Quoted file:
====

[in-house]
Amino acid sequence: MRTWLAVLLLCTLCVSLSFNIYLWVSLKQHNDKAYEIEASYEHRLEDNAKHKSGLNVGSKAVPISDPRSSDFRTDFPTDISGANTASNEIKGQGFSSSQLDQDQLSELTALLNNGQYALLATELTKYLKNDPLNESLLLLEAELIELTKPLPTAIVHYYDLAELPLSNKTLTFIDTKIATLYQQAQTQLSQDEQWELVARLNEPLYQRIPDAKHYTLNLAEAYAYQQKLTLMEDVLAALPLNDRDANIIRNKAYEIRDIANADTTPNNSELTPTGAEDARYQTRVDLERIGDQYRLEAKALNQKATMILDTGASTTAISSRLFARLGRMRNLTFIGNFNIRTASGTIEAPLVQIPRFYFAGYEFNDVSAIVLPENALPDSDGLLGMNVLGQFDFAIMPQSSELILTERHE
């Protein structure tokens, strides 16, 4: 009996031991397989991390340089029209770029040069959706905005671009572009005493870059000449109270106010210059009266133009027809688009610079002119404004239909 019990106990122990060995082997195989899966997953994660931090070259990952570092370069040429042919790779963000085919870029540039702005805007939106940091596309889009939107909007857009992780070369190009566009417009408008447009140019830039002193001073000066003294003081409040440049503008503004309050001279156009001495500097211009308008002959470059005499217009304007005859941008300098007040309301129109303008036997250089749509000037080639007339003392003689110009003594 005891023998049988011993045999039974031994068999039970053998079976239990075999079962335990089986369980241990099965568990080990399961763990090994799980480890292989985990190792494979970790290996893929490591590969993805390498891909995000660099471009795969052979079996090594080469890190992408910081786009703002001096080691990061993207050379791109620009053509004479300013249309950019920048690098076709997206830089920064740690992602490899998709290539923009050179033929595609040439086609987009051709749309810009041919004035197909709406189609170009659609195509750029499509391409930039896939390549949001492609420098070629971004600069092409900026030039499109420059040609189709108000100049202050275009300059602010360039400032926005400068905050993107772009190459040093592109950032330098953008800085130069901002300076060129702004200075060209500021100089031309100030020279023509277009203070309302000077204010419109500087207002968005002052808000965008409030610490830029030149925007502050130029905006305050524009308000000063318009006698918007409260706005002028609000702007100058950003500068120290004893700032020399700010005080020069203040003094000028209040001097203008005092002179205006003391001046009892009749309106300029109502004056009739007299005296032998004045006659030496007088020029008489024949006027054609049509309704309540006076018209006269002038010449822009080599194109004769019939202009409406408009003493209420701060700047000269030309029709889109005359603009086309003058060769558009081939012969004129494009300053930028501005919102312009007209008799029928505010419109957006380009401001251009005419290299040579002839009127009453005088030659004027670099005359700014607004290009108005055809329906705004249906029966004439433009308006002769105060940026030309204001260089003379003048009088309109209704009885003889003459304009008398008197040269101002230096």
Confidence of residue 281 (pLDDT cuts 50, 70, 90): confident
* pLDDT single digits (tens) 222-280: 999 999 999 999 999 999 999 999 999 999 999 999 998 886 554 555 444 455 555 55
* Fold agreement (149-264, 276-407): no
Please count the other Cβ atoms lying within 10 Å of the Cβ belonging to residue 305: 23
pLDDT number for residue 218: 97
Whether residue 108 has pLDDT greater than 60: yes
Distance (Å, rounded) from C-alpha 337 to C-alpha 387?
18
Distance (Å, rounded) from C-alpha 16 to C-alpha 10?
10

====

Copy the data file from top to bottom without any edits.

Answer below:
[in-house]
Amino acid sequence: MRTWLAVLLLCTLCVSLSFNIYLWVSLKQHNDKAYEIEASYEHRLEDNAKHKSGLNVGSKAVPISDPRSSDFRTDFPTDISGANTASNEIKGQGFSSSQLDQDQLSELTALLNNGQYALLATELTKYLKNDPLNESLLLLEAELIELTKPLPTAIVHYYDLAELPLSNKTLTFIDTKIATLYQQAQTQLSQDEQWELVARLNEPLYQRIPDAKHYTLNLAEAYAYQQKLTLMEDVLAALPLNDRDANIIRNKAYEIRDIANADTTPNNSELTPTGAEDARYQTRVDLERIGDQYRLEAKALNQKATMILDTGASTTAISSRLFARLGRMRNLTFIGNFNIRTASGTIEAPLVQIPRFYFAGYEFNDVSAIVLPENALPDSDGLLGMNVLGQFDFAIMPQSSELILTERHE
């Protein structure tokens, strides 16, 4: 009996031991397989991390340089029209770029040069959706905005671009572009005493870059000449109270106010210059009266133009027809688009610079002119404004239909 019990106990122990060995082997195989899966997953994660931090070259990952570092370069040429042919790779963000085919870029540039702005805007939106940091596309889009939107909007857009992780070369190009566009417009408008447009140019830039002193001073000066003294003081409040440049503008503004309050001279156009001495500097211009308008002959470059005499217009304007005859941008300098007040309301129109303008036997250089749509000037080639007339003392003689110009003594 005891023998049988011993045999039974031994068999039970053998079976239990075999079962335990089986369980241990099965568990080990399961763990090994799980480890292989985990190792494979970790290996893929490591590969993805390498891909995000660099471009795969052979079996090594080469890190992408910081786009703002001096080691990061993207050379791109620009053509004479300013249309950019920048690098076709997206830089920064740690992602490899998709290539923009050179033929595609040439086609987009051709749309810009041919004035197909709406189609170009659609195509750029499509391409930039896939390549949001492609420098070629971004600069092409900026030039499109420059040609189709108000100049202050275009300059602010360039400032926005400068905050993107772009190459040093592109950032330098953008800085130069901002300076060129702004200075060209500021100089031309100030020279023509277009203070309302000077204010419109500087207002968005002052808000965008409030610490830029030149925007502050130029905006305050524009308000000063318009006698918007409260706005002028609000702007100058950003500068120290004893700032020399700010005080020069203040003094000028209040001097203008005092002179205006003391001046009892009749309106300029109502004056009739007299005296032998004045006659030496007088020029008489024949006027054609049509309704309540006076018209006269002038010449822009080599194109004769019939202009409406408009003493209420701060700047000269030309029709889109005359603009086309003058060769558009081939012969004129494009300053930028501005919102312009007209008799029928505010419109957006380009401001251009005419290299040579002839009127009453005088030659004027670099005359700014607004290009108005055809329906705004249906029966004439433009308006002769105060940026030309204001260089003379003048009088309109209704009885003889003459304009008398008197040269101002230096």
Confidence of residue 281 (pLDDT cuts 50, 70, 90): confident
* pLDDT single digits (tens) 222-280: 999 999 999 999 999 999 999 999 999 999 999 999 998 886 554 555 444 455 555 55
* Fold agreement (149-264, 276-407): no
Please count the other Cβ atoms lying within 10 Å of the Cβ belonging to residue 305: 23
pLDDT number for residue 218: 97
Whether residue 108 has pLDDT greater than 60: yes
Distance (Å, rounded) from C-alpha 337 to C-alpha 387?
18
Distance (Å, rounded) from C-alpha 16 to C-alpha 10?
10